Stop 7 - Long Bridge / Sapsucker Tree
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Bridge 2
Bridge 2.


American elm with woodpecker pits
The sapsucker tree, an American elm with woodpecker pits.


Stop 7 vicinity

Stop 7 vicinity and directions to the next stop.

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Things to see and do at this stop:

  • Bridge 2 is quite long and winding.
  • The American elm tree is 10 paces from the entrance to Bridge 2 on the right side, real close to the railing.
  • Look closely at the tree to see the pits caused by woodpeckers.
  • There is a small ravine on the right side of the bridge.


Near the middle of the right-hand bridge railing is an American elm with orderly rows of small pits in the bark. These were the work (many years ago) of a handsome species of woodpecker, the winter-resident yellow-bellied sapsucker. This bird drills through the outer bark of a variety of trees, shrubs or vines to reach the inner bark from which it laps up sap with a specialized brush-tipped tongue. He regularly visits the wells for the sweet sap and the insects it attracts, as do many small mammals, butterflies, and other small birds such as chickadees. Apparently the sapsucker returns to the same area and reworks the same plants each winter of his life. And it announces its presence with a very cat-like mew.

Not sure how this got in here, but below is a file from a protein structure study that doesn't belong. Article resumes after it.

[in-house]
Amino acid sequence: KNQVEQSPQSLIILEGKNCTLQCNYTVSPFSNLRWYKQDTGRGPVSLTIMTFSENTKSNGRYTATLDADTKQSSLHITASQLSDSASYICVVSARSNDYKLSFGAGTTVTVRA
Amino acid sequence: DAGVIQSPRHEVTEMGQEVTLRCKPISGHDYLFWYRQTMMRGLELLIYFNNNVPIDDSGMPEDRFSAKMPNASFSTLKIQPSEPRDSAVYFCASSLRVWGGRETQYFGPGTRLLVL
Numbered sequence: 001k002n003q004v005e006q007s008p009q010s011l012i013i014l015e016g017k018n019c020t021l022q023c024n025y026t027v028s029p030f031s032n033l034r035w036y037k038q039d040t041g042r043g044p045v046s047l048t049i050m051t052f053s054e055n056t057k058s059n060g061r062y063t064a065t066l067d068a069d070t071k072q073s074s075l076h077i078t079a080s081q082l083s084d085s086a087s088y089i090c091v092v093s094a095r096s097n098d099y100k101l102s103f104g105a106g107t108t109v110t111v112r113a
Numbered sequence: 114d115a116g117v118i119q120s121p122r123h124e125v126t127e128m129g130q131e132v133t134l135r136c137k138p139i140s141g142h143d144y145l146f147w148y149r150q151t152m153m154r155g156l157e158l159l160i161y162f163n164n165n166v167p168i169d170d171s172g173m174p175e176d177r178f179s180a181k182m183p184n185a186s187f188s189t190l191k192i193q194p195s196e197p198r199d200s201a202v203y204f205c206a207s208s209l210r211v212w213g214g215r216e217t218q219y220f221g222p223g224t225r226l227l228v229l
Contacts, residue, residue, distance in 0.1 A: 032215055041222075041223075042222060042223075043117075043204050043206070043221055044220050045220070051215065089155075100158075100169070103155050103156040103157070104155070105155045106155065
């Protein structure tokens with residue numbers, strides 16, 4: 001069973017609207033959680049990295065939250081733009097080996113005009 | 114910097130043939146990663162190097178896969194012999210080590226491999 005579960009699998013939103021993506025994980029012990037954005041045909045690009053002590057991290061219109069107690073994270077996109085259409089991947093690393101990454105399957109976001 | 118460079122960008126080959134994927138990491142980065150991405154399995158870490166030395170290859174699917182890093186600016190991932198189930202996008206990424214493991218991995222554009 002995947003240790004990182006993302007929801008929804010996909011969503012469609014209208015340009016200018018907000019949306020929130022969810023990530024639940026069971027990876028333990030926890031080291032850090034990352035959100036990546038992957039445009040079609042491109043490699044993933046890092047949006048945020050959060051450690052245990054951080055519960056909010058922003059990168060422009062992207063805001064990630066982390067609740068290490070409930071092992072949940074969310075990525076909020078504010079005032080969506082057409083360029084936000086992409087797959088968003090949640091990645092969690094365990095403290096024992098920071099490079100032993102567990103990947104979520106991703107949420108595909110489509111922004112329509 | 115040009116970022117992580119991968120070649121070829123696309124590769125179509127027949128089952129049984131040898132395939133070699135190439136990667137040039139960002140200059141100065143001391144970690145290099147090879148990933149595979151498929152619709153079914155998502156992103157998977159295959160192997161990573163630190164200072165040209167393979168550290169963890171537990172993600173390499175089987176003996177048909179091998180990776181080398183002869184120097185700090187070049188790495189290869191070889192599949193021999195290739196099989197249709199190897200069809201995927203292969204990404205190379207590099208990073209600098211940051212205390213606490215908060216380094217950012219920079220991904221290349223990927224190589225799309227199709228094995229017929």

Directions to the next stop:

  • Keep walking on Bridge 2 on the boardwalk after the railing ends.
  • The next stop is at the end of the boardwalk.

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